Adipose tissue plays an important role in storing excess nutrients and preventing ectopic lipid accumulation in other organs. Obesity leads to excess lipid storage in adipocytes, resulting in the generation of stress signals and the derangement of metabolic functions. SIRT1 is an important regulatory sensor of nutrient availability in many metabolic tissues. Here we report that SIRT1 functions in adipose tissue to protect from the development of inflammation and obesity under normal feeding conditions, and the progression to metabolic dysfunction under dietary stress. Genetic ablation of SIRT1 from adipose tissue leads to gene expression changes that highly overlap with changes induced by high fat diet in wild type mice, suggesting that dietary stress signals inhibit the activity of SIRT1. Indeed, we show that high fat diet induces the cleavage of SIRT1 in adipose tissue by the inflammation-activated caspase-1, providing a link between dietary stress and predisposition to metabolic dysfunction.
High-fat diet triggers inflammation-induced cleavage of SIRT1 in adipose tissue to promote metabolic dysfunction.
No sample metadata fieldsView Samples
We report the application of low cell number sequencing of identifiable Drosophila melanogaster neurons following behavior. We demonstate the feasibility of identifying the transcriptome of 5 Mushroom Body output Neurons and 2 classes of Kenyon Cells. We find these neurons display a diverse repertoire of receptors and signaling transcripts. This information alone seems to be enough to identify each class of neurons in the study. In additional we show that aversive long-term memory induces changes in gene transcript levels in a subset of these neurons. This study provides a framework for identifying neuronal classes in Drosophila melanogaster and gaining insight into the interplay between behavior and gene regulation. Overall design: 5 Mushroom Body output neurons and 2 classes of kenyon cells are used to look at general gene expression and changes following aversive long term memory. Paired control and trained animals were used and a minimum of 4 pairs up to 6 pairs. Animals were of the same background (w1118). Animals were aged and parental matched. Cells were harvested at the same chronological time for the animals across all experiments. All animals were exposed to 1 minute of each odor and 1 minute of a series of 12 5second 60V shocks. This was considered one block and then the animals had spaced training of each block so there was a 10 minute break between 8 blocks of training. Trained animals had an odor paired with a shock, control animals received the shock then the odor stimulus. All cells were harvested usign a patch pipet from living animals on an electrophysiology rig within a half hour of the end of training. Cells were amplified using the Clontech SMARTer Ultra Low Input RNA version 2 High Volume kit. 2 Brain samples were also collected and 3-4 whole fly samples for each genotype were collected to account for background differences across flies.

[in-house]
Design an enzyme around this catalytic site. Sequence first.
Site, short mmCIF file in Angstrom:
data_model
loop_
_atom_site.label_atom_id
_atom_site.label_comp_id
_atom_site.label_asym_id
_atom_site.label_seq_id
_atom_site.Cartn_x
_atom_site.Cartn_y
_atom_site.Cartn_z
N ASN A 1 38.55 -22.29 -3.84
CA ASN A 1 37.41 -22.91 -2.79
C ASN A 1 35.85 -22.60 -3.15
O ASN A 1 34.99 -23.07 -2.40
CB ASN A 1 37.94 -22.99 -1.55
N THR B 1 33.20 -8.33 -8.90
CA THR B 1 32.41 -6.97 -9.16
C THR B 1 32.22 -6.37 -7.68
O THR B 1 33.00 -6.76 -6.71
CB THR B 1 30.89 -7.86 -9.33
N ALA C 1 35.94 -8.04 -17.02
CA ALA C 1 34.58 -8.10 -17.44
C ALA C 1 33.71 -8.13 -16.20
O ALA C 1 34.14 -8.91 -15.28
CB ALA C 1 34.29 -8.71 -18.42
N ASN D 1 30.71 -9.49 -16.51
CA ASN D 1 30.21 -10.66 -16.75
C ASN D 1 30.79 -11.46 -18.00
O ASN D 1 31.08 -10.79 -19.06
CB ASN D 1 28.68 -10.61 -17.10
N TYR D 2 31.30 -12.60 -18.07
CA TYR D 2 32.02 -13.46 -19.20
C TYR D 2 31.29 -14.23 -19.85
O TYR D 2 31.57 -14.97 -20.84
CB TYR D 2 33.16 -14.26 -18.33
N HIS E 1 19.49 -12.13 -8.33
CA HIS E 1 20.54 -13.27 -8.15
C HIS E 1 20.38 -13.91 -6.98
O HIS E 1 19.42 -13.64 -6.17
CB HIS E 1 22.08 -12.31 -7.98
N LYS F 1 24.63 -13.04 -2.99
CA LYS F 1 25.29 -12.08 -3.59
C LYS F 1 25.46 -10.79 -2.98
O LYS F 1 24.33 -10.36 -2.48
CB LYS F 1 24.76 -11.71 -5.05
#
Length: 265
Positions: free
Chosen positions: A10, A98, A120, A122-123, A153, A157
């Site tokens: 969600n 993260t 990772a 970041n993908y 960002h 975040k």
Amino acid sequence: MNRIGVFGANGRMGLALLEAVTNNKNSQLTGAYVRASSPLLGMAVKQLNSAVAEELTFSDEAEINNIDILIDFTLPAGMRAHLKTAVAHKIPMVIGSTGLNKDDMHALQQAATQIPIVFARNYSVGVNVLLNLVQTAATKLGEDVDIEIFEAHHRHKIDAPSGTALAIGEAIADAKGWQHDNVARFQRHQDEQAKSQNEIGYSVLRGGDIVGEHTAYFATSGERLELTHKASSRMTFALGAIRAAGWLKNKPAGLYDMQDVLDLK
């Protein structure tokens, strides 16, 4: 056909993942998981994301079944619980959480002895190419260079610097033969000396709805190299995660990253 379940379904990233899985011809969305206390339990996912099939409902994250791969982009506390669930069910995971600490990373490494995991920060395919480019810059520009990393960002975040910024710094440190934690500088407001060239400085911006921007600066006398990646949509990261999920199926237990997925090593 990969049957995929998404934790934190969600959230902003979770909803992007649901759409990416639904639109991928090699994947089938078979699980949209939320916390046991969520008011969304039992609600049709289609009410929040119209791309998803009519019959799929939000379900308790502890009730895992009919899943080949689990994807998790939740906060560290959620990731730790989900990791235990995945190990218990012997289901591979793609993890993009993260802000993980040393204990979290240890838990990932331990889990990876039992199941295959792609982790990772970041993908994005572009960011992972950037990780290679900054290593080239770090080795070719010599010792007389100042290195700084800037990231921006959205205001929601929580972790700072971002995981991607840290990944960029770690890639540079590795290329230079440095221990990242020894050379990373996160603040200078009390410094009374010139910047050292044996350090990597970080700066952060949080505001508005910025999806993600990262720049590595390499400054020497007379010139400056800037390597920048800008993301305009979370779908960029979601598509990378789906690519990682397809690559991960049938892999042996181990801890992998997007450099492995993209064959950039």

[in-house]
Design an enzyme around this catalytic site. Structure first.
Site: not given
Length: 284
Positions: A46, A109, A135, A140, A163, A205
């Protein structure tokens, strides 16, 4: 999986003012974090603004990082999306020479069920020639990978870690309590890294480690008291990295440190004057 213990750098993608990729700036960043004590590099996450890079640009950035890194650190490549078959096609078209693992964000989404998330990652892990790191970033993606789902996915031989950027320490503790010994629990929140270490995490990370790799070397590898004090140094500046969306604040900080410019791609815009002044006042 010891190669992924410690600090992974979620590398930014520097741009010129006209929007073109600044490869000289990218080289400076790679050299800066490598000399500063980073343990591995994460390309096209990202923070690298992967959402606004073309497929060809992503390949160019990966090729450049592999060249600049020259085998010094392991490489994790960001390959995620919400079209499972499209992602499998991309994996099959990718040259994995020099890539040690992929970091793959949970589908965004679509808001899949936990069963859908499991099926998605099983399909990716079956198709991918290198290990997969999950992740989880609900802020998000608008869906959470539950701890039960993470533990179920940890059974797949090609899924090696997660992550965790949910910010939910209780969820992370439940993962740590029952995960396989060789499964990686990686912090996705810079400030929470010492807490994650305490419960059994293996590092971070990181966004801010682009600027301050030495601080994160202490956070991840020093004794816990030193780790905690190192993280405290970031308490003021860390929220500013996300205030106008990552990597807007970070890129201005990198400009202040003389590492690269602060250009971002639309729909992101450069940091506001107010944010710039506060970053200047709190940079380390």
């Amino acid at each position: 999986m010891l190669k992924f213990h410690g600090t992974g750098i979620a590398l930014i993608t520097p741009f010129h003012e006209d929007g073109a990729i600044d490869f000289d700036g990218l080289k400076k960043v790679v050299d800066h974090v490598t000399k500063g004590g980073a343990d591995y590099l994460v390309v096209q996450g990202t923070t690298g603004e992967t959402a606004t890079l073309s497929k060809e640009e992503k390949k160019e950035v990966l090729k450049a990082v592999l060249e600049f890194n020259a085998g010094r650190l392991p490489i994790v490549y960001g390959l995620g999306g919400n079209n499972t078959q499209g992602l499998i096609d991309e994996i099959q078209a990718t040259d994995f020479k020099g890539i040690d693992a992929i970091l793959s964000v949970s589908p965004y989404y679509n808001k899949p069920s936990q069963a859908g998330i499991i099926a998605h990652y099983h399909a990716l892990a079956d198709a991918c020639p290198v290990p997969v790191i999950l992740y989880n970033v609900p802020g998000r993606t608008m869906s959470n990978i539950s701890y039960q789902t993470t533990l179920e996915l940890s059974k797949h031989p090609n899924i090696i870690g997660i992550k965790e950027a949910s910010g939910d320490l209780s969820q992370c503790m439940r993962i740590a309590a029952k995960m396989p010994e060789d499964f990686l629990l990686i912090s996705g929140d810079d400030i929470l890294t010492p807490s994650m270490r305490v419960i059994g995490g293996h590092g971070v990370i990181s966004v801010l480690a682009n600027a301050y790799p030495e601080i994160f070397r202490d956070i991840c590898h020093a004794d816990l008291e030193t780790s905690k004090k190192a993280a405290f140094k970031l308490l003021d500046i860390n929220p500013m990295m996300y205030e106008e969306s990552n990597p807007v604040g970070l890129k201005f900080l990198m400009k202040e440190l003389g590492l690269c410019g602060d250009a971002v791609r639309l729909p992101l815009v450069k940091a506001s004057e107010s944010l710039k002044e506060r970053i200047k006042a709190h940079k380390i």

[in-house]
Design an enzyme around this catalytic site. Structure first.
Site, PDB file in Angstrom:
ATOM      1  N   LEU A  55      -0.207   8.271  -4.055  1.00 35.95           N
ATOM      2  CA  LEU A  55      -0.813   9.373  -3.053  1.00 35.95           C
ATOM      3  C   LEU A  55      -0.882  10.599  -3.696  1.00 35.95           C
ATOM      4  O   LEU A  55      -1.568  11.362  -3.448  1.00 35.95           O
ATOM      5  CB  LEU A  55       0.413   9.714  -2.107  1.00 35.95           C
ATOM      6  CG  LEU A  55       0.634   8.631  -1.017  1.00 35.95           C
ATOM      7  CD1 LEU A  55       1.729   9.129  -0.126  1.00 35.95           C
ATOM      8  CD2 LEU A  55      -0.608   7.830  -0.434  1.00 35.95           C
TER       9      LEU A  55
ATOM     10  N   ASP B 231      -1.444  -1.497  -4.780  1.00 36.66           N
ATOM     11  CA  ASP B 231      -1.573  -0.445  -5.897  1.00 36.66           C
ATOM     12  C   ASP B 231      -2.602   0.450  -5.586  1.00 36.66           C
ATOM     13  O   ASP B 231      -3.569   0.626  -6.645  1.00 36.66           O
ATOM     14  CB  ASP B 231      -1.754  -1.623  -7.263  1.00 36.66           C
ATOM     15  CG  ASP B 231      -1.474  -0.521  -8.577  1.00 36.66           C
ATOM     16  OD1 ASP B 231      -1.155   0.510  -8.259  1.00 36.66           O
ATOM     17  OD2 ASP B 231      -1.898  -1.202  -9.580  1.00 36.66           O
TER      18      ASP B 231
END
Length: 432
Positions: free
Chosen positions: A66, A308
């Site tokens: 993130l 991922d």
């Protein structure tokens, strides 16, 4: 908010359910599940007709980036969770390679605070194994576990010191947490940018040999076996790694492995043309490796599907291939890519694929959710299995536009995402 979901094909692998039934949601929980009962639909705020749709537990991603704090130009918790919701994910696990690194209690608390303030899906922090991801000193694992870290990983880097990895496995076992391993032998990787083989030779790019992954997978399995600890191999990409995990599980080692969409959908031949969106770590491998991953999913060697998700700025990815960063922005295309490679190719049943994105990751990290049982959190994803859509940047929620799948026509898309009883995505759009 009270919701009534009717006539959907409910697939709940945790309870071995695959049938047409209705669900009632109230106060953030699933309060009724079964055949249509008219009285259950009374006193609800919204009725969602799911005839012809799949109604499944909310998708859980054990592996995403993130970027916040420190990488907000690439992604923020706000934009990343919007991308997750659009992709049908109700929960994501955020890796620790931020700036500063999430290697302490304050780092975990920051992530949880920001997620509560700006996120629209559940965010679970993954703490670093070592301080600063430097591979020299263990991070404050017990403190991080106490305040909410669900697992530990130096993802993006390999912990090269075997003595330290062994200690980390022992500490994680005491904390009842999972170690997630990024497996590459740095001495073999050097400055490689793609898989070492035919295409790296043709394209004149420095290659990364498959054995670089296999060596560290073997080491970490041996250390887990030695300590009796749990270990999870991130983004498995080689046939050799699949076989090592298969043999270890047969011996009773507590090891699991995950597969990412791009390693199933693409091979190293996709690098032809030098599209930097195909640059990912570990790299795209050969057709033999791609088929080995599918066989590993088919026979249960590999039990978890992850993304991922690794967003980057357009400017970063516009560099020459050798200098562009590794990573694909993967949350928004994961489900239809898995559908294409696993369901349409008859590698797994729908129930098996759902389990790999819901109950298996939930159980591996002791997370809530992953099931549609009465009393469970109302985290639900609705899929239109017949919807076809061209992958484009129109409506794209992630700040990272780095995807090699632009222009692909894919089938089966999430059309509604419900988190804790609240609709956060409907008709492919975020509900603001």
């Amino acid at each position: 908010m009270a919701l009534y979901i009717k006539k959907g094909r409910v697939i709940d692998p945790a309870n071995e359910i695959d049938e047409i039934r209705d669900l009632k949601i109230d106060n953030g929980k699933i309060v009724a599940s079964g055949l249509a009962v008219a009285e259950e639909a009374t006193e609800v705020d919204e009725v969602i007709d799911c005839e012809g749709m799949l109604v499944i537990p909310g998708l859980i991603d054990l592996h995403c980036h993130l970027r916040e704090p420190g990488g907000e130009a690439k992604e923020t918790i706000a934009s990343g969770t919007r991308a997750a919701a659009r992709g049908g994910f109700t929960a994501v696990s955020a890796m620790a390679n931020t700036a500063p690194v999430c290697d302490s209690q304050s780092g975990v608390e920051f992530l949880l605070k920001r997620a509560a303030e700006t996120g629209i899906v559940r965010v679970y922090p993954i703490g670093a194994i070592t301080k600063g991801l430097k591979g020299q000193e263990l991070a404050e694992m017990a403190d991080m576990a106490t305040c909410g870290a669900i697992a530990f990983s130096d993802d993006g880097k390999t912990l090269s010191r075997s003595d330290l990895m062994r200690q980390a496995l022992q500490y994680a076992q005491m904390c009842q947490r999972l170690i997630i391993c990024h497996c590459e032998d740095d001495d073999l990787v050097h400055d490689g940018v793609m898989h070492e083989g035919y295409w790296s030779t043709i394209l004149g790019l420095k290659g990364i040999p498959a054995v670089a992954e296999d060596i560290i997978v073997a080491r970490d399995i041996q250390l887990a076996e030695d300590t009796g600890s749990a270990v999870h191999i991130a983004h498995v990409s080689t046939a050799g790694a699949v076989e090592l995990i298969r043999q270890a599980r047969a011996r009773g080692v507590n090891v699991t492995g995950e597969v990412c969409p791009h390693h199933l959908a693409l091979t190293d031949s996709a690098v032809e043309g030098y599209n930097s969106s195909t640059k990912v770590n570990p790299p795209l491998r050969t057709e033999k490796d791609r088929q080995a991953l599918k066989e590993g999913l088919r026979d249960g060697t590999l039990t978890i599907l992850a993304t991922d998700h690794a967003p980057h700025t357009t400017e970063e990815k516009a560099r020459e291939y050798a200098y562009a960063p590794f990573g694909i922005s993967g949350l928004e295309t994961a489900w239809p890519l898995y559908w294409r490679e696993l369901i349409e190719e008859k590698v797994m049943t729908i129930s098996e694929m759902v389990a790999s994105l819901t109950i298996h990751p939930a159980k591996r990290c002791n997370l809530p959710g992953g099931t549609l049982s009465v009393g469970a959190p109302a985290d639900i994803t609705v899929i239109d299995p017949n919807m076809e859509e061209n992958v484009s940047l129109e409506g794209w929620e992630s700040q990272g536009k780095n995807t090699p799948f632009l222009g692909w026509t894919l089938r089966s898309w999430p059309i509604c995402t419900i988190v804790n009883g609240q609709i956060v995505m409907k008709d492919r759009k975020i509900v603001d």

Cell-Type-Specific Transcriptome Analysis in the Drosophila Mushroom Body Reveals Memory-Related Changes in Gene Expression.
We analyzed gene expression profiles of myeloma cells belonging to the group of bas prognosis RPMI 8226 and LP1 expressing either the GFP protein or a cyclin D1-GFP fusion protein
Cyclin D1 sensitizes myeloma cells to endoplasmic reticulum stress-mediated apoptosis by activating the unfolded protein response pathway.
Specimen part, Cell lineView Samples
In this study we showed that rat XEN cells grown in the presence of a GSK3 inhibitor exhibited enhanced formation of cell contacts and decreased motility. In contrast, treatment with forskolin induced the PE formation and epithelial-mesenchymal transition (EMT) in rat XEN cells. Using microarray and real-time PCR assays, we found that VE versus PE formation of rat XEN cells was correlated with change in expression levels of VE or PE marker genes. Similar to forskolin, EMT was prompted upon treatment of rat XEN cells with recombinant parathyroid hormone related peptide (PTHRP), an activator of the cAMP pathway in vivo. Taken together, our data suggest that rat XEN cells are PrE-like cells. The activation of Wnt pathway in rat XEN cells leads to the acquisition of VE characteristics, whereas the activation of the PTHRP/cAMP pathway leads to EMT and the formation of PE.
Activation of the PTHRP/adenylate cyclase pathway promotes differentiation of rat XEN cells into parietal endoderm, whereas Wnt/β-catenin signaling promotes differentiation into visceral endoderm.
Specimen partView Samples